DONNY BERGER (Adam Sandler) has learned something over the years. He's discovered that the stupider he acts—the cruder and viler he is, the more reprehensibly he behaves—the more people end up liking him. Deep down, Adam Sandler should know this, too, but Sandler's last few movies have safely pocketed him in the "family friendly" corner of mainstream Hollywood comedy, with appallingly bad results. (His last two films, Jack and Jill and Just Go With It, must be among the unfunniest movies ever made.)
I expect most people will shit from great heights upon Sandler's new movie, That's My Boy, in which a teenage Sandler fathers a child who grows up to be Andy Samberg. But I'll tell you something. It's Sandler's funniest movie since Happy Gilmore and Billy Madison, and for very simple reasons: It's completely, totally disgusting. It's absolutely, cretinously inane. It's bafflingly, insultingly gross; it's racist, sexist, homophobic, scatological, and immoral. It, like Donny, will do anything—literally anything—to put even the faintest smile onto your face. And with maximum effort on both your part and the film's part, it succeeds.
Of course the movie is an unholy mess. That's My Boy's script is a busted construction of idiocy that lumbers from incident to incident like a zombified brontosaurus, dropping rotten, stinking pieces of plot and character development with every whomp. In an unending, truly uncomfortable prelude, we watch the middle-school-student version of Donny sleep with a hot teacher, who gets pregnant and is sent to prison. Donny raises the kid, who grows up despising him, cutting off contact as an adult and changing his name to Todd Peterson. Years later, Donny tracks down Todd (Samberg) on the weekend of Todd's wedding to Jamie (Leighton Meester), setting up a predictable, completely unoriginal series of hijinks in which loutish, estranged father embarrasses uptight son in front of straight-laced, moneyed in-laws.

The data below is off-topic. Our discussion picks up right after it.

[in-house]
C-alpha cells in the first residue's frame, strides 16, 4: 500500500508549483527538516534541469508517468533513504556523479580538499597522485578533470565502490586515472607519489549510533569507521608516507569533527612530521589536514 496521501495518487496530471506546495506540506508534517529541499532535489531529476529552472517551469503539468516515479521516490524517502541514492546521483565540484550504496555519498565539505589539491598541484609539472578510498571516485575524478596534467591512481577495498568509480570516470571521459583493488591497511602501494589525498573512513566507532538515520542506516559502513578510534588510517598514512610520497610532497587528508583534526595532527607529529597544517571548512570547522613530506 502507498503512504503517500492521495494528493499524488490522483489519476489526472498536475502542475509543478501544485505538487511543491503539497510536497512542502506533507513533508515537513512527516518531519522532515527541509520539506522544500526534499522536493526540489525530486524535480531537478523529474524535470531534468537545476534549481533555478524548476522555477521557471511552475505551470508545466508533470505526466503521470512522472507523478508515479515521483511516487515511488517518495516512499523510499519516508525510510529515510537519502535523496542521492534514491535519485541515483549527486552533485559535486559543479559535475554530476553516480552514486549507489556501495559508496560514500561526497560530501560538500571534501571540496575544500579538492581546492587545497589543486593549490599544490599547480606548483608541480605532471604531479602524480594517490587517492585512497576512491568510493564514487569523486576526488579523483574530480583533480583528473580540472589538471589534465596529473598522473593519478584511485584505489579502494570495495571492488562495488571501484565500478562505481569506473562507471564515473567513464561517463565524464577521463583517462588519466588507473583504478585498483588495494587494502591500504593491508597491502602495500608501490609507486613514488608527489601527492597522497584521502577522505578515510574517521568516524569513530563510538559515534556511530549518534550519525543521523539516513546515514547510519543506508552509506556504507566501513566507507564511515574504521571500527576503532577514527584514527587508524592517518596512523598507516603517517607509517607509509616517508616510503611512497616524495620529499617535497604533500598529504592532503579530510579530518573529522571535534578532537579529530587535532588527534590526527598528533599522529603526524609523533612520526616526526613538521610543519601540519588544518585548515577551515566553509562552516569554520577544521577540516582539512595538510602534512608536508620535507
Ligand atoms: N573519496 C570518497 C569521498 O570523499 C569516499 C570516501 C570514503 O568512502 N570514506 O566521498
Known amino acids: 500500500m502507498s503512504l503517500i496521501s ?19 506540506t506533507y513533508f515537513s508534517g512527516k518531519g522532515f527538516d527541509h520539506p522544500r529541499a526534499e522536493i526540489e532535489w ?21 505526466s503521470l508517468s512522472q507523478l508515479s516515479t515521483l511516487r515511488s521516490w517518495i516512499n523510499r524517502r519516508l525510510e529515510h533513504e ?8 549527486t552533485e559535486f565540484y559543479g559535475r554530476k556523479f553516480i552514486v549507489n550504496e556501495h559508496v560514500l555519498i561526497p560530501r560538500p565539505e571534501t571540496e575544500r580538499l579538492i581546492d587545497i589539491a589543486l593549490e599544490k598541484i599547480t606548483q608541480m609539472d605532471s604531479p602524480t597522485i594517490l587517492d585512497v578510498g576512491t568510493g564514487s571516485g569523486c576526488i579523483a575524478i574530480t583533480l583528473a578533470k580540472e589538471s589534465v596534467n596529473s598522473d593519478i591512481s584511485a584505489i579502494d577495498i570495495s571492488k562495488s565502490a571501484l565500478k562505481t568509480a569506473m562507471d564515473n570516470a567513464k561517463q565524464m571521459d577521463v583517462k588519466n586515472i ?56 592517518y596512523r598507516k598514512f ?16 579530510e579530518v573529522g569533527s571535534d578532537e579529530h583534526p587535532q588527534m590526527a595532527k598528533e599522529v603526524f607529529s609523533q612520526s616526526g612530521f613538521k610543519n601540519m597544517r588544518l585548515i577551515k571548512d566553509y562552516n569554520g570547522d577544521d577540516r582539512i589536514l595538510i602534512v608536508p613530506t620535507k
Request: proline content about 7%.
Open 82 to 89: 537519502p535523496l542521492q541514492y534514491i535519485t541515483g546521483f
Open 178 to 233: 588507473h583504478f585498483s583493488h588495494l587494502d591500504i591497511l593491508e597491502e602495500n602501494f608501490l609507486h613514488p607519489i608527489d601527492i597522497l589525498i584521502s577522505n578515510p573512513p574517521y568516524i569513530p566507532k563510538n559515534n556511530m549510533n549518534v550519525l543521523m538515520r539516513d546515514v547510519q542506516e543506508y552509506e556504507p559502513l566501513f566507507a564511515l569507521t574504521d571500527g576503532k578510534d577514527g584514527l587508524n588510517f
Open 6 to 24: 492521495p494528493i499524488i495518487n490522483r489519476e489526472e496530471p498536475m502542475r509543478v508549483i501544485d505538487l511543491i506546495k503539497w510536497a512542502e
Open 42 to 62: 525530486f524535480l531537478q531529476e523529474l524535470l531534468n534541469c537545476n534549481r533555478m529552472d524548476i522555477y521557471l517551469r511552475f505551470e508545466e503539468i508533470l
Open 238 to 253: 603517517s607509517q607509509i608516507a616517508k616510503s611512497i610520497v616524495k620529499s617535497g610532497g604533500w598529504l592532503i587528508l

But something weird happens with That's My Boy. Its first half is so completely, thoroughly godawful that by the time the second half rolls around—once the movie stops worrying about its story and settles into a rapid-fire routine of gross-out gag after gross-out gag—the viewer is beaten into a kind of worn-down, dumbstruck admiration. Todd's bachelor party sequence, which seems to make up a full half of the movie's runtime (with nary a plot development to be found, thank goodness), becomes a profuse, bountiful pageant of dick jokes, poop jokes, boob jokes, puke jokes, sperm jokes, and piss jokes. Especially piss jokes. Soooo many piss jokes in this movie, you guys—I bet for a good 20 minutes of screentime, there is somebody pissing somewhere on the screen.
Sandler makes yet another off-putting choice by affecting an obnoxious voice and accent for the entire movie (see also: Little Nicky, The Waterboy). Supporting characters include a randy grandma, an obese stripper, James Caan as a priest with a really bad Irish accent, and Vanilla Ice. I know, I know, none of this is convincing you to see That's My Boy—and you probably shouldn't, I guess. But what does a movie that puts former child star/crackhead Todd Bridges (cameoing as himself) nose-deep in a pile of cocaine deserve? Some sort of begrudging respect, at the very least.